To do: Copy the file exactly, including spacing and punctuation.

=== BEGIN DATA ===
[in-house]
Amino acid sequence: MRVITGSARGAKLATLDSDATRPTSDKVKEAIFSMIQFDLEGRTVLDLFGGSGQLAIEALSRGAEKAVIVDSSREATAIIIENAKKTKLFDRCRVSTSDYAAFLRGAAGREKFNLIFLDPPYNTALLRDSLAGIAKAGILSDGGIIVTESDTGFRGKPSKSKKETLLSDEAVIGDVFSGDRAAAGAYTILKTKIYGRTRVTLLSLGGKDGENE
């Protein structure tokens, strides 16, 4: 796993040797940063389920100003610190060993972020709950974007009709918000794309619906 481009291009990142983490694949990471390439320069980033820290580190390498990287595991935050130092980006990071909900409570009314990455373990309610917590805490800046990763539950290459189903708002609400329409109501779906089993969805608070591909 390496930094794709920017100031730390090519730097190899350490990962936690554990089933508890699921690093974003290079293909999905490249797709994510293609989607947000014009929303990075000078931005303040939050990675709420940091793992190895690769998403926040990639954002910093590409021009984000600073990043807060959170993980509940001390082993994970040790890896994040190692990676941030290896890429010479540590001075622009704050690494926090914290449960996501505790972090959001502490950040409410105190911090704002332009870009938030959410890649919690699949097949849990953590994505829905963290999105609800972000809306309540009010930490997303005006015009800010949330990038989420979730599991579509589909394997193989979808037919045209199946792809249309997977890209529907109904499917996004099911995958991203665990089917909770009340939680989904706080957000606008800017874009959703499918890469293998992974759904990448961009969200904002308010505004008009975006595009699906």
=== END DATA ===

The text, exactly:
[in-house]
Amino acid sequence: MRVITGSARGAKLATLDSDATRPTSDKVKEAIFSMIQFDLEGRTVLDLFGGSGQLAIEALSRGAEKAVIVDSSREATAIIIENAKKTKLFDRCRVSTSDYAAFLRGAAGREKFNLIFLDPPYNTALLRDSLAGIAKAGILSDGGIIVTESDTGFRGKPSKSKKETLLSDEAVIGDVFSGDRAAAGAYTILKTKIYGRTRVTLLSLGGKDGENE
């Protein structure tokens, strides 16, 4: 796993040797940063389920100003610190060993972020709950974007009709918000794309619906 481009291009990142983490694949990471390439320069980033820290580190390498990287595991935050130092980006990071909900409570009314990455373990309610917590805490800046990763539950290459189903708002609400329409109501779906089993969805608070591909 390496930094794709920017100031730390090519730097190899350490990962936690554990089933508890699921690093974003290079293909999905490249797709994510293609989607947000014009929303990075000078931005303040939050990675709420940091793992190895690769998403926040990639954002910093590409021009984000600073990043807060959170993980509940001390082993994970040790890896994040190692990676941030290896890429010479540590001075622009704050690494926090914290449960996501505790972090959001502490950040409410105190911090704002332009870009938030959410890649919690699949097949849990953590994505829905963290999105609800972000809306309540009010930490997303005006015009800010949330990038989420979730599991579509589909394997193989979808037919045209199946792809249309997977890209529907109904499917996004099911995958991203665990089917909770009340939680989904706080957000606008800017874009959703499918890469293998992974759904990448961009969200904002308010505004008009975006595009699906």